Introduction: Late night salivary cortisol appears to be promising as a simple stress-free screening test for Cushings syndrome (CS). But there is no consensus on the cut-off value because of the lack of availability larger studies and of standardization of assays. The normal reference ranges are assay-dependent and should be validated for each laboratory.
Objective: The purpose of this study was to evaluate the usefulness of late-night salivary cortisol in the diagnosis of CS.
Methods: We studied 49 normal subjects and 52 patients with suspected hypercortisolism. Salivary cortisol was collected at 0800 h and 2300 h using a commercially-available salivette and measured by an automated chemiluminescence assay. The study was approved by the Institutes ethical committee.
Results: Out of 52 patients 20 were confirmed to have CS and in the remaining CS was excluded by dexamethasone suppression test. The 2300-h salivary cortisol of patients with CS was significantly higher (1.24±0.86 μg/dl), as compared with patients in whom CS was excluded (0.109±0.076 μg/dl). The 0800-h cortisol was also significantly higher in CS (1.70±1.40 vs 0.240±0.132 μg/dl). The loss of circadian rhythm highlighted by 0800-h to 2300-h cortisol of < 2 was found in 17 of 20 CS patients. The upper limit of the reference range for 2300 h salivary cortisol was calculated nonparametrically as 0.311 μg/dl, from the data on normal subjects. Two of 20 patients with proven CS had 2300-h salivary cortisol less than the calculated upper limit of the reference range, yielding a sensitivity of 90%; one of these 2 patients had intermittent hypercortisolism.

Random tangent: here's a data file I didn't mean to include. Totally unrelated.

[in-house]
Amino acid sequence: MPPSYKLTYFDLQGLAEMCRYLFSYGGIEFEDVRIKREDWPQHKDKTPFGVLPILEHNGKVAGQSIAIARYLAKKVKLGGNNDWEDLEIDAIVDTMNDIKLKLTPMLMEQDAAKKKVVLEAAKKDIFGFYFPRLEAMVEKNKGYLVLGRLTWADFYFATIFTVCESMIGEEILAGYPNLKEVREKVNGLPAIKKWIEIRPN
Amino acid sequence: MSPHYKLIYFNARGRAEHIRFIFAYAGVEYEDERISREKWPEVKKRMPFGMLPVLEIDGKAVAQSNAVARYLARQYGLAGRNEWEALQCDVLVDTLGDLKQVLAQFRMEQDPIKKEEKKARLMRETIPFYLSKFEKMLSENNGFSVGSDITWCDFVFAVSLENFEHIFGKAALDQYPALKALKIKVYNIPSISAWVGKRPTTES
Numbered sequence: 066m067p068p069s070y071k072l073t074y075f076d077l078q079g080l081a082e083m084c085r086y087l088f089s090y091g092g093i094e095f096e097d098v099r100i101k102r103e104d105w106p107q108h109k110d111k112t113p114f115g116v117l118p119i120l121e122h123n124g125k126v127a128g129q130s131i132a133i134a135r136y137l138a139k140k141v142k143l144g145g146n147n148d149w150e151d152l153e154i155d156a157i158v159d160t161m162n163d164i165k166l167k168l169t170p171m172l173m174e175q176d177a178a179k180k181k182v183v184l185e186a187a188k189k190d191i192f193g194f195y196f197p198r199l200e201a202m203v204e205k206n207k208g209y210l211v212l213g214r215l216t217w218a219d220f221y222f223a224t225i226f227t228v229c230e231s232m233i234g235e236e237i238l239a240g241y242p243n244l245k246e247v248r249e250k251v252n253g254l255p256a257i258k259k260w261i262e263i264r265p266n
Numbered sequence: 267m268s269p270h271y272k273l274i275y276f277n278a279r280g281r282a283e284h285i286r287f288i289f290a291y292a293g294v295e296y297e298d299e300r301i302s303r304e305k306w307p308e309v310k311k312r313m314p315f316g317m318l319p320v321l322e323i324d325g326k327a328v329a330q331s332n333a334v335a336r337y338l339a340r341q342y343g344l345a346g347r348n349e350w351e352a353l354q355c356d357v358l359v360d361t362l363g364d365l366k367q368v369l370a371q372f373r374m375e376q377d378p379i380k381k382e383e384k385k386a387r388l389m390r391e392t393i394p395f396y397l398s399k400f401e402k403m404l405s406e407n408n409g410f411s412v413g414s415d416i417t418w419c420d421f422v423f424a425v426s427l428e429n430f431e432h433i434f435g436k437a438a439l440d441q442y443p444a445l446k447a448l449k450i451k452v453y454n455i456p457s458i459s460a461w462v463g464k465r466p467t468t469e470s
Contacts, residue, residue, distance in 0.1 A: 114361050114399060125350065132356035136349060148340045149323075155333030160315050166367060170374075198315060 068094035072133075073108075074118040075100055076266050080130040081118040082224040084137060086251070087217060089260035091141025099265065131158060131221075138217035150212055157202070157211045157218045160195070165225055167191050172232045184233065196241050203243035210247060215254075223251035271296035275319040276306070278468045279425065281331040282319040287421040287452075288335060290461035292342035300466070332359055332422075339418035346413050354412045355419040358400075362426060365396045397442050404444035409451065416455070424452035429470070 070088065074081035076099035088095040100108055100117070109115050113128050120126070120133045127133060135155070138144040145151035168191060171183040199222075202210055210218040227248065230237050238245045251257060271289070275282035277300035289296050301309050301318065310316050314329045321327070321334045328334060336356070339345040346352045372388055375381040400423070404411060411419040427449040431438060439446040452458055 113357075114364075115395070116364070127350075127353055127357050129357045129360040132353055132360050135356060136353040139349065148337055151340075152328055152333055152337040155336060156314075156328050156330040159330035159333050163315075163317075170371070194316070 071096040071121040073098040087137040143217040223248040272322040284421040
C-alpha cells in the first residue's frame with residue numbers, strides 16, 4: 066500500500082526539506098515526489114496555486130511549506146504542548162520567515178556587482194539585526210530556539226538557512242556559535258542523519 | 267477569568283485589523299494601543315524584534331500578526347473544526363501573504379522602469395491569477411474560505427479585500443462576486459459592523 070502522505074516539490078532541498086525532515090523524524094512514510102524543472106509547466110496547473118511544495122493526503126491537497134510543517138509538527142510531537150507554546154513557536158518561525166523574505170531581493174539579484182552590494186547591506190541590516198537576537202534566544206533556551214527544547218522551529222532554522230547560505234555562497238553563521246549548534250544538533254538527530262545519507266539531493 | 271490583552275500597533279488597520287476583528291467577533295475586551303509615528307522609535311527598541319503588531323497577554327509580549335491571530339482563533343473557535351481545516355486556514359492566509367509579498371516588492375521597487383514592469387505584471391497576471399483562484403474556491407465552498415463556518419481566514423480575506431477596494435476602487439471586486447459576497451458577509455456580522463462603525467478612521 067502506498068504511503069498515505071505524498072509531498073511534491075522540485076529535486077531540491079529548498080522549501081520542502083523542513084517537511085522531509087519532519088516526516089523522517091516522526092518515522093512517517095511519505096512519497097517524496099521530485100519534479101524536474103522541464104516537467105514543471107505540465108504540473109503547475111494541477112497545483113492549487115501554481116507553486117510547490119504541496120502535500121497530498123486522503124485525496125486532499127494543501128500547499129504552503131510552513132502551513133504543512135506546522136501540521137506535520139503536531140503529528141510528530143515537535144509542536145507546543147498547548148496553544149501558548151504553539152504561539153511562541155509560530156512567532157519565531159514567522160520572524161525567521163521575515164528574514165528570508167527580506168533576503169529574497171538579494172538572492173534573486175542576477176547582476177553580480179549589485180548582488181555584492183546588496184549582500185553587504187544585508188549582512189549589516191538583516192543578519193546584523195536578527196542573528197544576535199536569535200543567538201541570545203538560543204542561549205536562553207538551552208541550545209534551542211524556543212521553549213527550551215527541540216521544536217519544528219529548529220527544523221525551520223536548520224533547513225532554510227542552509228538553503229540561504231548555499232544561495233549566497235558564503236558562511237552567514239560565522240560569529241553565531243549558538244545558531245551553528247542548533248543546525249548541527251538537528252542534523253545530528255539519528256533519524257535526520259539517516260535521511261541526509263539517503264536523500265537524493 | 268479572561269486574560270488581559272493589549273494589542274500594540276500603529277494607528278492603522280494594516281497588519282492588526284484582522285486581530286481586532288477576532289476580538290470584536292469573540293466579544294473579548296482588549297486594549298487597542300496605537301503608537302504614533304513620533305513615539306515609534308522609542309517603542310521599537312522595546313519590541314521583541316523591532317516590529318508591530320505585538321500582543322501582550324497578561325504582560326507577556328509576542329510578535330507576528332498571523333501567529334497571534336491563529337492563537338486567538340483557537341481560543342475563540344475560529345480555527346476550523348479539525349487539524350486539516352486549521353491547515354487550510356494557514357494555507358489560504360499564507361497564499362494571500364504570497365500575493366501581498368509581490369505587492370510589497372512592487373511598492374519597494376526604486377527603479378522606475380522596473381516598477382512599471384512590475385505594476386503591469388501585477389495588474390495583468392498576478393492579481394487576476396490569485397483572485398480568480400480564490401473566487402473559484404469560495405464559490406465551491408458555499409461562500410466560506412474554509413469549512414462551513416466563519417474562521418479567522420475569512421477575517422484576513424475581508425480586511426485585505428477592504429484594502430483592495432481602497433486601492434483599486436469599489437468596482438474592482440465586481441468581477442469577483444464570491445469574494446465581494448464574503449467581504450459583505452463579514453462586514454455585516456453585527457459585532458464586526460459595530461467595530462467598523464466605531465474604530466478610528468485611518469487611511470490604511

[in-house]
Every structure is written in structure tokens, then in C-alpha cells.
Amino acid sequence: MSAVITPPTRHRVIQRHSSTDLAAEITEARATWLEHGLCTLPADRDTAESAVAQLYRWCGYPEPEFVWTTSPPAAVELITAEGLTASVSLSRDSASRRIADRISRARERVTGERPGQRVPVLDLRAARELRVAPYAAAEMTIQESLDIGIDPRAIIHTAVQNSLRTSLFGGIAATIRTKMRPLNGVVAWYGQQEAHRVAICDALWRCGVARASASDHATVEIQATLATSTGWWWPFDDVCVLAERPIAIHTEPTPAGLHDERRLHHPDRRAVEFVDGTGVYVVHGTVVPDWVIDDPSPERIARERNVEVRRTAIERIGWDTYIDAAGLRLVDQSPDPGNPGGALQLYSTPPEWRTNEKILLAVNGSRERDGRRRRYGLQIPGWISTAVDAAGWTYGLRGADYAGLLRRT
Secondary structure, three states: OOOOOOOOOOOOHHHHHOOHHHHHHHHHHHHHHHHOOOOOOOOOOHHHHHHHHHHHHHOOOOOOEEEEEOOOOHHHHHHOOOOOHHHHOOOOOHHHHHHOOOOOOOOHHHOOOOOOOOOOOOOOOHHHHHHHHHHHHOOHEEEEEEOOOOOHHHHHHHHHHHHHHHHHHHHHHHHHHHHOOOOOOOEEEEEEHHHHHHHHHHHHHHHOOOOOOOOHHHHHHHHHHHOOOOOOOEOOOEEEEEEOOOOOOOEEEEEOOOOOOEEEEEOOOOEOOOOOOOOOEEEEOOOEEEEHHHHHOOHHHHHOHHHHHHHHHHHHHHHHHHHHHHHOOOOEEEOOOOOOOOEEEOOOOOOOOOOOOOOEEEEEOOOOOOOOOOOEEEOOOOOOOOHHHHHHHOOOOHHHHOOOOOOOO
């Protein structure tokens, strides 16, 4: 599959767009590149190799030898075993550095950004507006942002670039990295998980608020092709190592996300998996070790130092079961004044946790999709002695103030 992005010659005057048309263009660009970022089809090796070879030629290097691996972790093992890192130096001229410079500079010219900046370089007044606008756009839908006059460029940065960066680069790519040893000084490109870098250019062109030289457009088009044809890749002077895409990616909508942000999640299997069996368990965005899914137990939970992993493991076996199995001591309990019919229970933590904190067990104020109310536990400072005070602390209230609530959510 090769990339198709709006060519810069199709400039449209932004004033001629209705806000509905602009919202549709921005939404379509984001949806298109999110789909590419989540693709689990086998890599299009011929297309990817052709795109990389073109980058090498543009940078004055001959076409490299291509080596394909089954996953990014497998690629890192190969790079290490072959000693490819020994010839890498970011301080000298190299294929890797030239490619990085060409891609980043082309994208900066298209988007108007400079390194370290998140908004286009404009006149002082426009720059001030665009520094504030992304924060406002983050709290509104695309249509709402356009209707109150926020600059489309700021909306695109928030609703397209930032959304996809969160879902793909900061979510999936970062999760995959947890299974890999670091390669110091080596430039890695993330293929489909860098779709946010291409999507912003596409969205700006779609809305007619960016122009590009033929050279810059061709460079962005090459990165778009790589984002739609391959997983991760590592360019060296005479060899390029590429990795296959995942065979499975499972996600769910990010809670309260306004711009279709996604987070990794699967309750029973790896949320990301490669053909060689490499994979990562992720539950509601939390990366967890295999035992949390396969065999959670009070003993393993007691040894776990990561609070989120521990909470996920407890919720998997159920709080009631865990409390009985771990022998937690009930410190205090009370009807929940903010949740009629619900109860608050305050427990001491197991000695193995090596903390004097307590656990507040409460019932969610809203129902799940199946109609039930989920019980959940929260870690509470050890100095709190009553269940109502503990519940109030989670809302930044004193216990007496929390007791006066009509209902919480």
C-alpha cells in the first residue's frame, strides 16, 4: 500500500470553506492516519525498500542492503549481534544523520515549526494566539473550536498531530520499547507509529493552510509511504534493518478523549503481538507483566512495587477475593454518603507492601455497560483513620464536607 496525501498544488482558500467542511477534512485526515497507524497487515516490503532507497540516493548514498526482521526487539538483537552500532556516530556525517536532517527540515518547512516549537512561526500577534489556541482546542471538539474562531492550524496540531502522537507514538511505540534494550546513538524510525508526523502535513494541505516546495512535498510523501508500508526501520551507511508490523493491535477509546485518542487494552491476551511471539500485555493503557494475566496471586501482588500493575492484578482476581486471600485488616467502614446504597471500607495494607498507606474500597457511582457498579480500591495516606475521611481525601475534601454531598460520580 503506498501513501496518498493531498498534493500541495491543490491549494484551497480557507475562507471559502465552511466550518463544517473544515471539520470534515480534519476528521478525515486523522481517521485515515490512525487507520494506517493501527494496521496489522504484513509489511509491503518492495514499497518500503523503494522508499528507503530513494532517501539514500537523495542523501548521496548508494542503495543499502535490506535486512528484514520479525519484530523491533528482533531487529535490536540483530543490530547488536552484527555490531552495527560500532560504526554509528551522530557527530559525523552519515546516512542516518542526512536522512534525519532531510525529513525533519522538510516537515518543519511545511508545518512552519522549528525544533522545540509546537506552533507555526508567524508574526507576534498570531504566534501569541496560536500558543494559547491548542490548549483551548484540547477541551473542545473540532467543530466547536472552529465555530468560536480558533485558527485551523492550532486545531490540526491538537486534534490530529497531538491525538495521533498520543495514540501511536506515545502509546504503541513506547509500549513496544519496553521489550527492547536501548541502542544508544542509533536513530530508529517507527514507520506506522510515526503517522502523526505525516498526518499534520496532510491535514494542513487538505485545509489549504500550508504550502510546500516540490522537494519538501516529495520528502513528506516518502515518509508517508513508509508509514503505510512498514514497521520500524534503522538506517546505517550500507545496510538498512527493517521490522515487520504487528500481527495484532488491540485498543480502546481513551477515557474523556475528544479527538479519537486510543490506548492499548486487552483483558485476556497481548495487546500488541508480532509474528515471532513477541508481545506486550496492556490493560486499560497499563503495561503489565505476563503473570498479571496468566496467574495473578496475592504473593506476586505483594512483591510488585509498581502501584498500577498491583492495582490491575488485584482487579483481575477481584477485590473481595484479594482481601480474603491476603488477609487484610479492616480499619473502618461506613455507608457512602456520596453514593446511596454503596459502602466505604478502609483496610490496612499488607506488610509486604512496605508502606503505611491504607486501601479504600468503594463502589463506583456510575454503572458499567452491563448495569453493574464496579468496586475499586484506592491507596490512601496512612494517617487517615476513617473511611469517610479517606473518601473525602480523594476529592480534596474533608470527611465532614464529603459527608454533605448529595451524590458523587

Conclusion: Late-night salivary cortisol measurement is a simple and reliable screening test for Cushings syndrome. A cut-off value of 0.311 μg/dl gives a sensitivity of 90% and specificity of 96.8%. Larger studies and wider availability of validated commercial assays are needed before it could be used as first line screening test.
03 - 07 May 2008
European Society of Endocrinology